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Armenian Protests Continue Amid Arrests And Resignations


Student at Feb. 22 opposition protest (Photolur) Authorities in Armenia have detained several key opposition activists as demonstrations in Yerevan against a contested presidential election continued into their fifth consecutive day on February 24.


Meanwhile, RFE/RL's Armenian Service reports that a total of nine high-ranking officials with the country's Foreign Ministry have announced their resignations in protest of what they called the government's fraudulent conduct in the February 19 presidential elections.


Official results from the poll gave 52.9 percent of the vote to Prime Minister Serzh Sarkisian. But the main opposition challenger, former President Levon Ter-Petrosian -- who won 21.43 percent in the official tally -- has demanded a rerun, alleging that dozens of his activists were beaten and that ballot stuffing, multiple voting and voter intimidation were widespread.


Election monitors from the Organization for Security and Cooperation in Europe have described the presidential vote as "mostly" in line with international standards.


Police on February 23 detained key Ter-Petrosian allies, including deputy prosecutor-general Gagik Jangiryan -- who had resigned in protest a day earlier. On February 24, police detained Aram Karapetian, leader of the opposition party New Times, and politician Sambat Ayvazian, who is a former tax chief. Armenian officials said the men were detained on suspicion of possessing illegal weapons.


The arrests came after outgoing Armenian President Robert Kocharian accused his country's political opposition of trying to seize power.


In a statement on February 23, Kocharian pledged that the government's actions will be "decisive and firm to maintain stability and the constitutional order of the country."


In protest of the government's conduct in the poll and afterward, a total of nine foreign ministry officials stepped down over the weekend.


Deputy Foreign Minister Armen Bayburtian announced his resignation on February 23, as did Ruben Shugarian and Levon Khachatrian, who were the ambassadors to Italy and Kazakhstan respectively. Razmik Khumarian, an Armenian diplomat in Ukraine, also resigned.


On February 24, five more diplomats, including Foreign Ministry spokesman Vladimir Karapetian, told RFE/RL's Armenian Service that they had also resigned.


(RFE/RL's Armenian Service contributed to this report)

South Caucasus

REGIONAL APPROACH, INDIVIDUAL ATTENTION: International actors often take a regional approach when dealing with Armenia, Azerbaijan, and Georgia. But the three states get plenty of individual attention as well.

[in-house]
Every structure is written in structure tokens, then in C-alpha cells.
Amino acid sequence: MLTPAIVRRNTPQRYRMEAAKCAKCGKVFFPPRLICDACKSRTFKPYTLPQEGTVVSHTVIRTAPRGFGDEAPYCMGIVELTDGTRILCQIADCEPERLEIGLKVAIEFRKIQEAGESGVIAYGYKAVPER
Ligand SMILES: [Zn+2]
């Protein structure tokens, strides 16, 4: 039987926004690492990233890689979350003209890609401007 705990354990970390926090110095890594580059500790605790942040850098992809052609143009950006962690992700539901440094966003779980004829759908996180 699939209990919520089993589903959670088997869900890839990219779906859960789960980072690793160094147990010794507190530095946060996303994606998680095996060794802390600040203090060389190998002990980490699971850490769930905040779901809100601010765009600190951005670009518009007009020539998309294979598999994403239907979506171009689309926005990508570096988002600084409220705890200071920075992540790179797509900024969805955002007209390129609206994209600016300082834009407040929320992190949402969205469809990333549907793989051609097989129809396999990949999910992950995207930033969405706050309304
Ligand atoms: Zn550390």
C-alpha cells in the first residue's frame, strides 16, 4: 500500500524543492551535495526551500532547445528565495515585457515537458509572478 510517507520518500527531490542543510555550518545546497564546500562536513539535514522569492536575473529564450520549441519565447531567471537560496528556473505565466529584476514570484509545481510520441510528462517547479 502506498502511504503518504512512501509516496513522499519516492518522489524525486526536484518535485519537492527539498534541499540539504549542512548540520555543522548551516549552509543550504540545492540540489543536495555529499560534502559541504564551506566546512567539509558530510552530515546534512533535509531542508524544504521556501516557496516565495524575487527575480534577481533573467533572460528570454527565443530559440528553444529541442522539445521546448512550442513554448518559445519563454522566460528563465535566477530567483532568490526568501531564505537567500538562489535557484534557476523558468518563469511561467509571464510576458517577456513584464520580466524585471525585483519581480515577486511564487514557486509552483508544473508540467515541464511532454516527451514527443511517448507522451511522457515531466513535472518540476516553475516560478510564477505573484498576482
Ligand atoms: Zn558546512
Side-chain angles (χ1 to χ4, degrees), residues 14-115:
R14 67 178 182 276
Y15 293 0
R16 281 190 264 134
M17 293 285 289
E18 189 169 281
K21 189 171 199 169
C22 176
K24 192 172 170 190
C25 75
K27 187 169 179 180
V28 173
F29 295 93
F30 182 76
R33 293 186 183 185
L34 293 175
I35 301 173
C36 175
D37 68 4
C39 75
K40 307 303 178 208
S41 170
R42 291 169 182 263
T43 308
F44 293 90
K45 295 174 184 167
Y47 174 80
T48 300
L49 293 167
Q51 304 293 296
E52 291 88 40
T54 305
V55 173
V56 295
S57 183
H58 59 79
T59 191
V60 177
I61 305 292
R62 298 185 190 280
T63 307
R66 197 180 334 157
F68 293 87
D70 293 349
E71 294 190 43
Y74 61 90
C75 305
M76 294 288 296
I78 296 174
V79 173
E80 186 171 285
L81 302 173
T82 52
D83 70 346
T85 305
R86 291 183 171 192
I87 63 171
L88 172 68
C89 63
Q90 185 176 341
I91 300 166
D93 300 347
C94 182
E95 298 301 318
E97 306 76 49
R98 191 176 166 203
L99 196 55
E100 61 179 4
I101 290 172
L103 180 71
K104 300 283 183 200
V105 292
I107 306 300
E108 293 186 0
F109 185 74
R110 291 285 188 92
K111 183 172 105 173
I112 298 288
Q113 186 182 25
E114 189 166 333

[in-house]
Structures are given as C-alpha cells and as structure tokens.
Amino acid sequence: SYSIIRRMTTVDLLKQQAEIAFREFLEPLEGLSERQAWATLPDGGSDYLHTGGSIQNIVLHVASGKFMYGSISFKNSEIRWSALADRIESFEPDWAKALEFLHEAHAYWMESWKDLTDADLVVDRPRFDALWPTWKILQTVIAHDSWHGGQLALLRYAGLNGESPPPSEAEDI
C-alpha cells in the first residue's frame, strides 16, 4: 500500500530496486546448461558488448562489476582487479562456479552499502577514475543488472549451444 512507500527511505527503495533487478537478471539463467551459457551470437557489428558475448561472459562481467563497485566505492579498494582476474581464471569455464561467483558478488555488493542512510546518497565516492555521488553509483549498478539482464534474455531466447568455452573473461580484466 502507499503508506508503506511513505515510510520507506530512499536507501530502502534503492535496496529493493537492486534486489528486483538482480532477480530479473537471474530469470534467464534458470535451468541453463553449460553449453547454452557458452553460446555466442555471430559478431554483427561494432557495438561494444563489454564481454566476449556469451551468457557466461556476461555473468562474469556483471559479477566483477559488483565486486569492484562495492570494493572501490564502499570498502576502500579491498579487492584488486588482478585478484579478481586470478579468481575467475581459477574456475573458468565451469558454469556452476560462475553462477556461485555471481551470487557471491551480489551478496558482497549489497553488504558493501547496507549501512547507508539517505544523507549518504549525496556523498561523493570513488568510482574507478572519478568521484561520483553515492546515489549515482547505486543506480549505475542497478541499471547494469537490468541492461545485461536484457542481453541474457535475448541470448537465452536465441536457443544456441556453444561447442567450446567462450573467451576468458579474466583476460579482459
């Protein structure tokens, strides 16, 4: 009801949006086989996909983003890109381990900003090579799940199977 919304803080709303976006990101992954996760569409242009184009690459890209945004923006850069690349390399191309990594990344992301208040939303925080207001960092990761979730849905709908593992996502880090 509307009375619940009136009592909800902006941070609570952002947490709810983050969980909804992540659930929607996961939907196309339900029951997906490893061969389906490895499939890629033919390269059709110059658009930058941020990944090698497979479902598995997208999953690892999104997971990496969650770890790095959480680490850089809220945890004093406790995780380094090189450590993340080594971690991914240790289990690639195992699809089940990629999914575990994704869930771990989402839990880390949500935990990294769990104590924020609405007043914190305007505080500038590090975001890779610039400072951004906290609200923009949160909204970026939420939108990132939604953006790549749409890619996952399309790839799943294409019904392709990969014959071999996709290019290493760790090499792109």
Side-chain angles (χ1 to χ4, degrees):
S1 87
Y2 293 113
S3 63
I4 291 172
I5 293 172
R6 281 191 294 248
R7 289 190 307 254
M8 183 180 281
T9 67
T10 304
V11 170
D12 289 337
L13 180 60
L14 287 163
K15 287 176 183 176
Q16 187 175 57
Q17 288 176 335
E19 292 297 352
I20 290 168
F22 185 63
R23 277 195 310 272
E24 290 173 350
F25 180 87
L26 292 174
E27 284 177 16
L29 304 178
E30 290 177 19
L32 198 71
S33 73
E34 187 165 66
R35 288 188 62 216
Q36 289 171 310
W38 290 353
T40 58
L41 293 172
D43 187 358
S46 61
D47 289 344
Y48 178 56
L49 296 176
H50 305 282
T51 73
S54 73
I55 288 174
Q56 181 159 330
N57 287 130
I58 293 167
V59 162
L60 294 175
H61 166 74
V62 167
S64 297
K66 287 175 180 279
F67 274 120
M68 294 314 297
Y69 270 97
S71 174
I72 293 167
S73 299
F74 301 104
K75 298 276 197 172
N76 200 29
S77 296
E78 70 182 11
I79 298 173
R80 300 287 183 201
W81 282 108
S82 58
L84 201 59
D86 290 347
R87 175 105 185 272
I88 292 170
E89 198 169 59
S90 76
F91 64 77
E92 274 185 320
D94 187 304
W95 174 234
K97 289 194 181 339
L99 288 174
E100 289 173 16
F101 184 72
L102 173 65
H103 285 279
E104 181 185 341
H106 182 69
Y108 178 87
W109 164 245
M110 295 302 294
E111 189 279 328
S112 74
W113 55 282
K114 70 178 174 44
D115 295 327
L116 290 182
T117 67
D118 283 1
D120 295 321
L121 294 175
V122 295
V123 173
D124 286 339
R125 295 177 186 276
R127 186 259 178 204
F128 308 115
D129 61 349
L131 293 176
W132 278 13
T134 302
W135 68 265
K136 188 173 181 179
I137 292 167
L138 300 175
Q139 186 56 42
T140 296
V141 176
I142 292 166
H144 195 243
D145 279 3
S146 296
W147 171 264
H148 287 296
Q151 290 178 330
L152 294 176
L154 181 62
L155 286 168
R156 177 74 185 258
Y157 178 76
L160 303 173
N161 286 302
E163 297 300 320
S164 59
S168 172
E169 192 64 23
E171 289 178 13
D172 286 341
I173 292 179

European Union

-- has assigned Special Envoy for South Caucasus Peter Semneby to serve as a liaison between the EU and the region. Semneby describes his role as assisting Armenia, Azerbaijan, and Georgia "on their way to moving closer to the EU and its core values."

-- in launching the Partnership and Cooperation Agreement in 1999, a joint declaration on relations between the EU and the Caucasus countries was adopted.

-- has included Armenia, Azerbaijan, and Georgia in its European Neighborhood Policy (ENP) on an individual basis.

-- the European Commission has a joint Delegation to Georgia and Armenia.

-- the European Commission is currently working on concluding consultations with each of the three states on individual "action plans" intended to foster closer relations with the EU.

Council of Europe

-- in 2006 launched its "Stability Pact for the South Caucasus" initiative.

NATO

-- has assigned a lone special representative, Ambassador Robert Simmons, to represent the alliance in its dealings with Armenia, Azerbaijan, and Georgia.

-- The NATO Parliamentary Assembly recently suggested that, "given the very different relationships that NATO has with each country and the varying level of involvement, it might be sensible to expand his office to include separate representatives for each country."

-- Armenia, Azerbaijan, and Georgia have each agreed to Individual Partnership Action Plans with NATO.

-- Armenia, Azerbaijan, and Georgia are all signatories to NATO's Partnership for Peace, a program designed to facilitate cooperation on security issues following the fall of the Soviet Union.

OSCE

-- under NATO's Science for Peace and Security program, NATO and the OSCE together conduct the South Caucasus River Monitoring project. The effort aims to help Armenia, Azerbaijan, and Georgia develop their infrastructure and trans-boundary water quality.

Eurasia Foundation

-- in 1998 launched its South Caucasus Cooperation Program, an initiative to promote cross-border partnerships among Armenia, Azerbaijan, and Georgia.

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